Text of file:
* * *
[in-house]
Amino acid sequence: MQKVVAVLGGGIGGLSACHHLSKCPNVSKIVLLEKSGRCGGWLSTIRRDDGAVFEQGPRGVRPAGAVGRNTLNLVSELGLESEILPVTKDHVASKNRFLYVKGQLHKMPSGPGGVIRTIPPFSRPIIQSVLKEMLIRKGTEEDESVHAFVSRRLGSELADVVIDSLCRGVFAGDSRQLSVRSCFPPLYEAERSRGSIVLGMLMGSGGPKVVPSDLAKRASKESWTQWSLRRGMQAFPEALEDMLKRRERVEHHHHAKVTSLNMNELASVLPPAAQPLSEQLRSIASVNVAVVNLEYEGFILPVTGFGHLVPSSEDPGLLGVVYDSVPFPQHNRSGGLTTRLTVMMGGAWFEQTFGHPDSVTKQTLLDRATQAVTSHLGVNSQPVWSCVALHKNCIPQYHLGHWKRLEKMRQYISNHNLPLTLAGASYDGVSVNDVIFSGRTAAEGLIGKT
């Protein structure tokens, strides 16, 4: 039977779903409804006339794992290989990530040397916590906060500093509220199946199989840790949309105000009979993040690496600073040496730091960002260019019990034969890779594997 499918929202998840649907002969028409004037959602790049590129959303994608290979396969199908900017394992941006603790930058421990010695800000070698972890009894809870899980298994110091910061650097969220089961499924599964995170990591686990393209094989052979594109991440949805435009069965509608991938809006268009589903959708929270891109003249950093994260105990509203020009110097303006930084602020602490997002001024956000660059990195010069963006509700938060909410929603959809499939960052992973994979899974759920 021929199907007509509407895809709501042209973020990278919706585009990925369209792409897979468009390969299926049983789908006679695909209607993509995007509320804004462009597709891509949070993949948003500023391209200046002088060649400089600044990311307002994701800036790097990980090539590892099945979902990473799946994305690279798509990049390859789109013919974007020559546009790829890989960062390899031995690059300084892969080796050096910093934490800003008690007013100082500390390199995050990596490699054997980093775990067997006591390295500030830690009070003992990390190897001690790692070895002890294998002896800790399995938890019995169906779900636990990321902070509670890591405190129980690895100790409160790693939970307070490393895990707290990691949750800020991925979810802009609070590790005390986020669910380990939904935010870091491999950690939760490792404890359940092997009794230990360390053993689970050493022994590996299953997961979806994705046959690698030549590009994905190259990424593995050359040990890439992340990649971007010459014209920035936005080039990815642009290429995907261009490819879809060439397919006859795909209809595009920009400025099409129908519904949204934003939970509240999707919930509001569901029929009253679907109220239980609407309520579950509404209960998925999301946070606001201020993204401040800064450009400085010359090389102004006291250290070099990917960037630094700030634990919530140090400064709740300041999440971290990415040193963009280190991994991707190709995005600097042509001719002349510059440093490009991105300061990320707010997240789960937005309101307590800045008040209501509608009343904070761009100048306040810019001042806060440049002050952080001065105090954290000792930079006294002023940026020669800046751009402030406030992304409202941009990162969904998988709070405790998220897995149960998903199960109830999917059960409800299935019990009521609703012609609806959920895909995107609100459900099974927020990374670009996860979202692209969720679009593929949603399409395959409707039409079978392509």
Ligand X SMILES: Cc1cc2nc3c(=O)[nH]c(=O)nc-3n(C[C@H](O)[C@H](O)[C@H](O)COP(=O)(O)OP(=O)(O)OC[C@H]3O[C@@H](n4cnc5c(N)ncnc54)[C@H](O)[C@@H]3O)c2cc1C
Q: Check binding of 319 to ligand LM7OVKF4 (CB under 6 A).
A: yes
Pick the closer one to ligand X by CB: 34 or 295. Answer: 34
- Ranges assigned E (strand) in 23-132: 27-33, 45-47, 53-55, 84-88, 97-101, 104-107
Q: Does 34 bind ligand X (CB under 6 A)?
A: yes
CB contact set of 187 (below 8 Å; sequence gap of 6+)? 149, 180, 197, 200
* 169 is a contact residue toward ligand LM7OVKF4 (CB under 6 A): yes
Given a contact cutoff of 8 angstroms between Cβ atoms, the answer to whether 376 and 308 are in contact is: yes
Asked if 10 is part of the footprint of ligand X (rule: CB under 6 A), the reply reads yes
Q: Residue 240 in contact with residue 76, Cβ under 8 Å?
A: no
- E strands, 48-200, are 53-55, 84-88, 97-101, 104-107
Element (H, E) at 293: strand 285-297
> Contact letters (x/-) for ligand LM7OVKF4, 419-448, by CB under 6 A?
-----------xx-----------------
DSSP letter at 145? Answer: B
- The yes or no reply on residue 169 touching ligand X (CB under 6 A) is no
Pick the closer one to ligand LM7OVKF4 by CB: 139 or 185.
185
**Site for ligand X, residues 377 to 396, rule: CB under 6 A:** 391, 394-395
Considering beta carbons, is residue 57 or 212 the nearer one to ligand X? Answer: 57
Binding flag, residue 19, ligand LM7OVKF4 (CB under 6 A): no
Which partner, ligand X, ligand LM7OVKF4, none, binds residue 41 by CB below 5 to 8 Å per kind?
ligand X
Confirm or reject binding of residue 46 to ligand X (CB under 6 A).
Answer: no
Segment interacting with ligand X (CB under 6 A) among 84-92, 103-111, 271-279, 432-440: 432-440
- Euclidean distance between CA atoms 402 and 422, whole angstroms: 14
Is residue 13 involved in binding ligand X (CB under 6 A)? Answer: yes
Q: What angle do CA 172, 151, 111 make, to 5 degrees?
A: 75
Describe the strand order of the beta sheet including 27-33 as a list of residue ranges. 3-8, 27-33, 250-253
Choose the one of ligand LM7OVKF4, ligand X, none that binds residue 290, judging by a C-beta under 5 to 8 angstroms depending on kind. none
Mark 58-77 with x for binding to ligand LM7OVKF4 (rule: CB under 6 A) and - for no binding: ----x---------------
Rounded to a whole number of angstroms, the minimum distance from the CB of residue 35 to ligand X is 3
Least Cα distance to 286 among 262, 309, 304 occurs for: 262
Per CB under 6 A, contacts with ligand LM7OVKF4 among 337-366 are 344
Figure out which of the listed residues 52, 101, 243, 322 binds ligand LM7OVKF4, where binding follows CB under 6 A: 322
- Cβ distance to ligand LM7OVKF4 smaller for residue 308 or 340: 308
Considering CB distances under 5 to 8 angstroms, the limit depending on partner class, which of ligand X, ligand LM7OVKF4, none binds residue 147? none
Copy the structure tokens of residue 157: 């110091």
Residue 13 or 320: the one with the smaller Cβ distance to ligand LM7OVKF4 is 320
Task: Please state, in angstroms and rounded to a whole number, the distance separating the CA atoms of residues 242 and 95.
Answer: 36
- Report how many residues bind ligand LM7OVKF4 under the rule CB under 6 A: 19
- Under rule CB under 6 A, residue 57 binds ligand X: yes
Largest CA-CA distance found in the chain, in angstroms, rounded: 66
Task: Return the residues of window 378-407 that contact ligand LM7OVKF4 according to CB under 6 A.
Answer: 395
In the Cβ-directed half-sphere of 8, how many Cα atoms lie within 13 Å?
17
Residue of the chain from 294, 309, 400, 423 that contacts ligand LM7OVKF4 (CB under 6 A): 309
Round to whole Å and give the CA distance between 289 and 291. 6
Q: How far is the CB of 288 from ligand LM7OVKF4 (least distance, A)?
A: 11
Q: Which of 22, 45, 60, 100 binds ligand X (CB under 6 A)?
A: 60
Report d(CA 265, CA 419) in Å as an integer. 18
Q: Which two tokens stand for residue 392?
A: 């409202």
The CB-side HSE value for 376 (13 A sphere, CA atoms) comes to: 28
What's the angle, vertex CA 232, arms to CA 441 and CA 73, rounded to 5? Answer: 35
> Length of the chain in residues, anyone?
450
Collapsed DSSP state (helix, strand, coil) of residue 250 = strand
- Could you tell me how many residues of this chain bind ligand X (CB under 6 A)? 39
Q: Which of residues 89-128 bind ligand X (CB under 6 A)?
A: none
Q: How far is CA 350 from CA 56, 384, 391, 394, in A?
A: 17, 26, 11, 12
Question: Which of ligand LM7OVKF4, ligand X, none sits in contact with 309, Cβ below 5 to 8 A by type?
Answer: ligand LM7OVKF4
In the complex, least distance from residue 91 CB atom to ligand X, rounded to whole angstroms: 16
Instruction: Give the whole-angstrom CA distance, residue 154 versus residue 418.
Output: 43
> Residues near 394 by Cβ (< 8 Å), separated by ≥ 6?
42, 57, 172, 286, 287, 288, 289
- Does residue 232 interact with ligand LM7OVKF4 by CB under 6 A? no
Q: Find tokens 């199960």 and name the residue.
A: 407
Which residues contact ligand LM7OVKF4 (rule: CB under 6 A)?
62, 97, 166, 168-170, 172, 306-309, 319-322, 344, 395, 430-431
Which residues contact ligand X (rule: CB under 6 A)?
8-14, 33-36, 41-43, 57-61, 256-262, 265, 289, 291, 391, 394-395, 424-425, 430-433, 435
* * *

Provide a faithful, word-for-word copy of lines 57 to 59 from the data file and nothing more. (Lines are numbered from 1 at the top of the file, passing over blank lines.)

Residue of the chain from 294, 309, 400, 423 that contacts ligand LM7OVKF4 (CB under 6 A): 309
Round to whole Å and give the CA distance between 289 and 291. 6
Q: How far is the CB of 288 from ligand LM7OVKF4 (least distance, A)?